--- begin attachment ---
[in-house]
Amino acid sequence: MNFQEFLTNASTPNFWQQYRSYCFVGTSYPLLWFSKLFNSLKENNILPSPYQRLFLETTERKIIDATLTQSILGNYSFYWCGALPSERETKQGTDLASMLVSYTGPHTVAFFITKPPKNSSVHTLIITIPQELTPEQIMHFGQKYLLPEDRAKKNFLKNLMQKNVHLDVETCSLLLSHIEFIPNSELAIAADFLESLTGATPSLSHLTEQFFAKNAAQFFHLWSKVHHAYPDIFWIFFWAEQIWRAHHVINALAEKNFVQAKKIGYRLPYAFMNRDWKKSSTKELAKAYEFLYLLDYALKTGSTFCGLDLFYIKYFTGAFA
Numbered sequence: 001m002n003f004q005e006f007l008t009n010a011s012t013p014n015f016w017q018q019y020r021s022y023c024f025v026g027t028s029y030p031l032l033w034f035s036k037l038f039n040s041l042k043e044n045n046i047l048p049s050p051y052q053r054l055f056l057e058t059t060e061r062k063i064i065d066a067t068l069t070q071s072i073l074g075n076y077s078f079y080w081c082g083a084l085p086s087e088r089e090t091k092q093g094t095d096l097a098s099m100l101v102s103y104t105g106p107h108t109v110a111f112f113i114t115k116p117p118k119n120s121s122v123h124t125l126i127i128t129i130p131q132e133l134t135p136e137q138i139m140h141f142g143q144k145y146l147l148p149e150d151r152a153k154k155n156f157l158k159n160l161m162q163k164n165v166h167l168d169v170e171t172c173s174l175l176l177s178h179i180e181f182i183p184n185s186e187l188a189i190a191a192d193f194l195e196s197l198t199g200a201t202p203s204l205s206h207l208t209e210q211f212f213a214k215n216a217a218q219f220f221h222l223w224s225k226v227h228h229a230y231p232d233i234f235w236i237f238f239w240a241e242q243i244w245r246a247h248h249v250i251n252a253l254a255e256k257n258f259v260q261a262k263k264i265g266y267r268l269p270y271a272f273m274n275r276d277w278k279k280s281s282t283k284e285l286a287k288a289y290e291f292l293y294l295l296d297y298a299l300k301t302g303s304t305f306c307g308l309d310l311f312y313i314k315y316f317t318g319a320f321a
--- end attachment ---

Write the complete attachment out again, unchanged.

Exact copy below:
[in-house]
Amino acid sequence: MNFQEFLTNASTPNFWQQYRSYCFVGTSYPLLWFSKLFNSLKENNILPSPYQRLFLETTERKIIDATLTQSILGNYSFYWCGALPSERETKQGTDLASMLVSYTGPHTVAFFITKPPKNSSVHTLIITIPQELTPEQIMHFGQKYLLPEDRAKKNFLKNLMQKNVHLDVETCSLLLSHIEFIPNSELAIAADFLESLTGATPSLSHLTEQFFAKNAAQFFHLWSKVHHAYPDIFWIFFWAEQIWRAHHVINALAEKNFVQAKKIGYRLPYAFMNRDWKKSSTKELAKAYEFLYLLDYALKTGSTFCGLDLFYIKYFTGAFA
Numbered sequence: 001m002n003f004q005e006f007l008t009n010a011s012t013p014n015f016w017q018q019y020r021s022y023c024f025v026g027t028s029y030p031l032l033w034f035s036k037l038f039n040s041l042k043e044n045n046i047l048p049s050p051y052q053r054l055f056l057e058t059t060e061r062k063i064i065d066a067t068l069t070q071s072i073l074g075n076y077s078f079y080w081c082g083a084l085p086s087e088r089e090t091k092q093g094t095d096l097a098s099m100l101v102s103y104t105g106p107h108t109v110a111f112f113i114t115k116p117p118k119n120s121s122v123h124t125l126i127i128t129i130p131q132e133l134t135p136e137q138i139m140h141f142g143q144k145y146l147l148p149e150d151r152a153k154k155n156f157l158k159n160l161m162q163k164n165v166h167l168d169v170e171t172c173s174l175l176l177s178h179i180e181f182i183p184n185s186e187l188a189i190a191a192d193f194l195e196s197l198t199g200a201t202p203s204l205s206h207l208t209e210q211f212f213a214k215n216a217a218q219f220f221h222l223w224s225k226v227h228h229a230y231p232d233i234f235w236i237f238f239w240a241e242q243i244w245r246a247h248h249v250i251n252a253l254a255e256k257n258f259v260q261a262k263k264i265g266y267r268l269p270y271a272f273m274n275r276d277w278k279k280s281s282t283k284e285l286a287k288a289y290e291f292l293y294l295l296d297y298a299l300k301t302g303s304t305f306c307g308l309d310l311f312y313i314k315y316f317t318g319a320f321a